How To Get The Most From Your Wedding FlowersThere is SO much about planning a wedding which can leave you a little, well, lost! Jargon for this, wedmin words for that, a whole new section of vocabulary you never knew existed! Navigating your wedding flowers is an issue which many brides flag up; they've seen some amazing ideas on pinterest, but have no idea if what they've seen is possible, or what it might cost. Here are some answers to some of those burning questions you may have if you're just starting out in the planning world. Don't forget, your florist will help you out MASSIVELY with all this, but it's a good idea to go armed with the basics...
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What are the most popular flowers used in weddings? And what do they cost?
If we put it into 3 rough price categories (which can vary slightly season to season), wedding flowers can be grouped something like this...
Most expensive: Callas, mini & regular sized Casablanca Lilies Garden Roses Hydrangea Lily of the Valley Orchids (Cymbidiums, Cattleyas, phalaenopsis )
Mid range: Dahlias Fern Fronds (monkey tail) French Tulips Glorisa Lilies Orchids (Dendrobriums, Mokaras, Oncidiums) Peonies Pincushion Protea Succulents Viburnum
Least Expensive: Anemones Asiatic Lilies Bells of Ireland Carnations Craspedia (Billy Balls) Freesia Gerber Daisies Gladiolas Grape Hyacinth (Muscari) Green Fuji Mums Hyacinth Hypericum Berries Larkspur Lisianthus Phlox Poppies Ranunculus Roses Scabiosa Pods Snapdragons Stephanotis Stock Sunflowers Sweetpeas Tulips Tweedia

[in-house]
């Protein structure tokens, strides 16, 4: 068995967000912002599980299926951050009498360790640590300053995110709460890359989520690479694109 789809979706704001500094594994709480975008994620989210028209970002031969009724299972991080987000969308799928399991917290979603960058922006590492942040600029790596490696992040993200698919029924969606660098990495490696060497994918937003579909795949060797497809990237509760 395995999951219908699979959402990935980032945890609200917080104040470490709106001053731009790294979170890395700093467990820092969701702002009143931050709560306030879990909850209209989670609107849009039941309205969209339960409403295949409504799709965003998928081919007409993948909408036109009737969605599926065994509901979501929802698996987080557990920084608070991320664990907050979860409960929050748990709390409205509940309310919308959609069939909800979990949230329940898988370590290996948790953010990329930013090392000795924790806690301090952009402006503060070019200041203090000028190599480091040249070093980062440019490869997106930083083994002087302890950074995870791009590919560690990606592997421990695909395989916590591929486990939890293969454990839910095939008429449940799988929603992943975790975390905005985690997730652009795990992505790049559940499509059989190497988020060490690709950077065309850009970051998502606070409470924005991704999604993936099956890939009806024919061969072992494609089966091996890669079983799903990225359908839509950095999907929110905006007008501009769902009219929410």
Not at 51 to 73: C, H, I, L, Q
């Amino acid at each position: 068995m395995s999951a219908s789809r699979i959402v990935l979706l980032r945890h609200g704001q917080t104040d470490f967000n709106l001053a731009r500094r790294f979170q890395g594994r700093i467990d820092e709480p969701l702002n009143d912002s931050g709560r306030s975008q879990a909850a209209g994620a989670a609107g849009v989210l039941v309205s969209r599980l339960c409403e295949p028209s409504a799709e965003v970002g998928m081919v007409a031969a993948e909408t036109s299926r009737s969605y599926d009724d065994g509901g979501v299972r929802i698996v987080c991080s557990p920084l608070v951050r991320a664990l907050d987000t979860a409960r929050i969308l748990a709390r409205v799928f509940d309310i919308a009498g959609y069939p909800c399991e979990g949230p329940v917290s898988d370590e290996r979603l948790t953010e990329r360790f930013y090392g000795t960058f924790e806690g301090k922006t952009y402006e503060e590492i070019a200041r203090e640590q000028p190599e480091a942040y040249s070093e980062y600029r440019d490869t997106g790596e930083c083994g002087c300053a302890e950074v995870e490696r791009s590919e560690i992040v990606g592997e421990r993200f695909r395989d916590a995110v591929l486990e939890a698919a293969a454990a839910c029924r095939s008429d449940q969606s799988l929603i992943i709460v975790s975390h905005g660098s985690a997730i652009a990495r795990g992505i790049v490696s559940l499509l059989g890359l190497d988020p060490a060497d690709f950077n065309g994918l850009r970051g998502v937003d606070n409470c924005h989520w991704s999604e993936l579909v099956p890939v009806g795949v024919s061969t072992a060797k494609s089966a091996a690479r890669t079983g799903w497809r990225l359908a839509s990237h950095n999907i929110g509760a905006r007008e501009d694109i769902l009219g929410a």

Oh no, I was hoping for hydrangeas but they're in the most expensive list! HELP?!
Don't worry! Some of the flowers in the most expensive list may have a high price per stem, but, as with hydrangeas, they're quite large so you need less of them to make an impact. Have a few then fluff them out with cheaper blooms. Clusters of carnations can have a similar effect to big fluffy hydrangeas and are much cheaper per stem.
There are some fantastic super cheap options for bulking out arrangements which still look really effective. In terms of flowers, baby's breath (gypsophila) is a popular choice for it's delicate and pretty, yet striking nature. It's super cheap and looks really effective! Queen Anne's Lace is a similar white flower (a little larger) which is slightly more dense than gypsophila. It looks amazing in vintage bouquets and is budget friendly. It's not all about the flowers, however. Used correctly foliage can make a super stylish impact on your bouquet, with it's effortlessly chic and trendy vibe. Eucalyptus leaves are bang on trend right now and can really add a wow factor to your floral arrangements.
I really love the idea of having flowers EVERYWHERE, but that's going to be expensive, right?
There are a few sneaky tricks you can use to give the illusion that there a flowers EVERYWHERE during your wedding day without having to break the bank. Firstly, put your flowers on double duty. Any arrangements you have for the aisle, the altar, the church arch etc, have one of your groomsmen be in charge of transporting them into the reception room and dot them around the place. You could even have 2 of your centre pieces used as altar flowers and then sneakily ship them back to their reception tables whilst everyone has their drinkies. Discuss options like this with your florist, they'll have some great ideas. The second thing you could do is super easy and will work very well for an outdoor or relaxed country vibe wedding. Simply ask your mum, aunties, friends, friends of friends who like gardening if you could borrow a couple of their potting plants for the day and dot them around the place. Sure you'll get an eclectic look with many different types of blooms, but it's a super simple and FREE way to create that english country garden look at your venue.
Eleanor Yeo Flowers